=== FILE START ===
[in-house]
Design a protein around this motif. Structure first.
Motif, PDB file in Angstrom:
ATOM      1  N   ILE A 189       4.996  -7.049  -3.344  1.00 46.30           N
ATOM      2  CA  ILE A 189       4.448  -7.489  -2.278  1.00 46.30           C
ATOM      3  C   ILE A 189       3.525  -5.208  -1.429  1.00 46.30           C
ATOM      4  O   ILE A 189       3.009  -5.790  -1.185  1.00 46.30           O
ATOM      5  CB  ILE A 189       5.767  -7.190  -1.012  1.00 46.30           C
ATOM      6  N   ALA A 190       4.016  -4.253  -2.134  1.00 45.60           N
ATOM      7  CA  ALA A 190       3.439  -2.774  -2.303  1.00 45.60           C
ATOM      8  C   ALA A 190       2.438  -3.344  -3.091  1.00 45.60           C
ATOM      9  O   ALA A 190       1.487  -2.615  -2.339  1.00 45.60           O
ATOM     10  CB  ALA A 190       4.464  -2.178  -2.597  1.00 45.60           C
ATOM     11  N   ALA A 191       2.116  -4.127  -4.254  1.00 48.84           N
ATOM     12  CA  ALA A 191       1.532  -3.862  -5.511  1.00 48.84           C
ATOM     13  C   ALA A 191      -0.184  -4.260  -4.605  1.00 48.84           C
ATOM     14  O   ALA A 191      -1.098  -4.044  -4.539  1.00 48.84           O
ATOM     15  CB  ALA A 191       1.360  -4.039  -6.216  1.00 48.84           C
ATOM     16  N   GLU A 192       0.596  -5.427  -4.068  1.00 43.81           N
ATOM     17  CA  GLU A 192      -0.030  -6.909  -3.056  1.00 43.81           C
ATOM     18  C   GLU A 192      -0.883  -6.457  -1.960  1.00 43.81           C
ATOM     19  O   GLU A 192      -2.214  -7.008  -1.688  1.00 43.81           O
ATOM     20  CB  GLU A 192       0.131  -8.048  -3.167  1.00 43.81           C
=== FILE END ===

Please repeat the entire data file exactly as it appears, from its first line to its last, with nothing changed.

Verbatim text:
[in-house]
Design a protein around this motif. Structure first.
Motif, PDB file in Angstrom:
ATOM      1  N   ILE A 189       4.996  -7.049  -3.344  1.00 46.30           N
ATOM      2  CA  ILE A 189       4.448  -7.489  -2.278  1.00 46.30           C
ATOM      3  C   ILE A 189       3.525  -5.208  -1.429  1.00 46.30           C
ATOM      4  O   ILE A 189       3.009  -5.790  -1.185  1.00 46.30           O
ATOM      5  CB  ILE A 189       5.767  -7.190  -1.012  1.00 46.30           C
ATOM      6  N   ALA A 190       4.016  -4.253  -2.134  1.00 45.60           N
ATOM      7  CA  ALA A 190       3.439  -2.774  -2.303  1.00 45.60           C
ATOM      8  C   ALA A 190       2.438  -3.344  -3.091  1.00 45.60           C
ATOM      9  O   ALA A 190       1.487  -2.615  -2.339  1.00 45.60           O
ATOM     10  CB  ALA A 190       4.464  -2.178  -2.597  1.00 45.60           C
ATOM     11  N   ALA A 191       2.116  -4.127  -4.254  1.00 48.84           N
ATOM     12  CA  ALA A 191       1.532  -3.862  -5.511  1.00 48.84           C
ATOM     13  C   ALA A 191      -0.184  -4.260  -4.605  1.00 48.84           C
ATOM     14  O   ALA A 191      -1.098  -4.044  -4.539  1.00 48.84           O
ATOM     15  CB  ALA A 191       1.360  -4.039  -6.216  1.00 48.84           C
ATOM     16  N   GLU A 192       0.596  -5.427  -4.068  1.00 43.81           N
ATOM     17  CA  GLU A 192      -0.030  -6.909  -3.056  1.00 43.81           C
ATOM     18  C   GLU A 192      -0.883  -6.457  -1.960  1.00 43.81           C
ATOM     19  O   GLU A 192      -2.214  -7.008  -1.688  1.00 43.81           O
ATOM     20  CB  GLU A 192       0.131  -8.048  -3.167  1.00 43.81           C